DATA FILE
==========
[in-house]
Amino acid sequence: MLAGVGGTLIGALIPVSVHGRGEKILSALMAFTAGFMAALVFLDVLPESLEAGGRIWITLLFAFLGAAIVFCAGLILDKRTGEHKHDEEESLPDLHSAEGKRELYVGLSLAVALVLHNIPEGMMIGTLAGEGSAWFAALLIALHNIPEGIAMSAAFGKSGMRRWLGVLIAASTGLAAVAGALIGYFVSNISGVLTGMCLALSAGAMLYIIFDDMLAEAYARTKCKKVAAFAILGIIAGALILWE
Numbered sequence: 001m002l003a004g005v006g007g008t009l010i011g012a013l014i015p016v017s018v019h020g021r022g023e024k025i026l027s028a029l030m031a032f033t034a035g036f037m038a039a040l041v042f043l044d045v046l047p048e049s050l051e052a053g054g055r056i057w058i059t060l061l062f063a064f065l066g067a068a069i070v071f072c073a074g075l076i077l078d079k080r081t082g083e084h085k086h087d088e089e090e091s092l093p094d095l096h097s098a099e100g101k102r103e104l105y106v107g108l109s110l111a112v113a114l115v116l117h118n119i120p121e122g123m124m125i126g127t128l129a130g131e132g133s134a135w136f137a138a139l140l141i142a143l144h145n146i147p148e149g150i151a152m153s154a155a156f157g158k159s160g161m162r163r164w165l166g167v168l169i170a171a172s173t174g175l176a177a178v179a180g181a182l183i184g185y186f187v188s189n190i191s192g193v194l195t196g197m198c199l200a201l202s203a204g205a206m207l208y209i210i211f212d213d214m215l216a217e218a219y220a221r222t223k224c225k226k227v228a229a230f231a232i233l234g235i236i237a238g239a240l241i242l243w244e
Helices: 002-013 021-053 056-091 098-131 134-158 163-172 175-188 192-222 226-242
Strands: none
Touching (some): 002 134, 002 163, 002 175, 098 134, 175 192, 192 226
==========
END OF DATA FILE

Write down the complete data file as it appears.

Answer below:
[in-house]
Amino acid sequence: MLAGVGGTLIGALIPVSVHGRGEKILSALMAFTAGFMAALVFLDVLPESLEAGGRIWITLLFAFLGAAIVFCAGLILDKRTGEHKHDEEESLPDLHSAEGKRELYVGLSLAVALVLHNIPEGMMIGTLAGEGSAWFAALLIALHNIPEGIAMSAAFGKSGMRRWLGVLIAASTGLAAVAGALIGYFVSNISGVLTGMCLALSAGAMLYIIFDDMLAEAYARTKCKKVAAFAILGIIAGALILWE
Numbered sequence: 001m002l003a004g005v006g007g008t009l010i011g012a013l014i015p016v017s018v019h020g021r022g023e024k025i026l027s028a029l030m031a032f033t034a035g036f037m038a039a040l041v042f043l044d045v046l047p048e049s050l051e052a053g054g055r056i057w058i059t060l061l062f063a064f065l066g067a068a069i070v071f072c073a074g075l076i077l078d079k080r081t082g083e084h085k086h087d088e089e090e091s092l093p094d095l096h097s098a099e100g101k102r103e104l105y106v107g108l109s110l111a112v113a114l115v116l117h118n119i120p121e122g123m124m125i126g127t128l129a130g131e132g133s134a135w136f137a138a139l140l141i142a143l144h145n146i147p148e149g150i151a152m153s154a155a156f157g158k159s160g161m162r163r164w165l166g167v168l169i170a171a172s173t174g175l176a177a178v179a180g181a182l183i184g185y186f187v188s189n190i191s192g193v194l195t196g197m198c199l200a201l202s203a204g205a206m207l208y209i210i211f212d213d214m215l216a217e218a219y220a221r222t223k224c225k226k227v228a229a230f231a232i233l234g235i236i237a238g239a240l241i242l243w244e
Helices: 002-013 021-053 056-091 098-131 134-158 163-172 175-188 192-222 226-242
Strands: none
Touching (some): 002 134, 002 163, 002 175, 098 134, 175 192, 192 226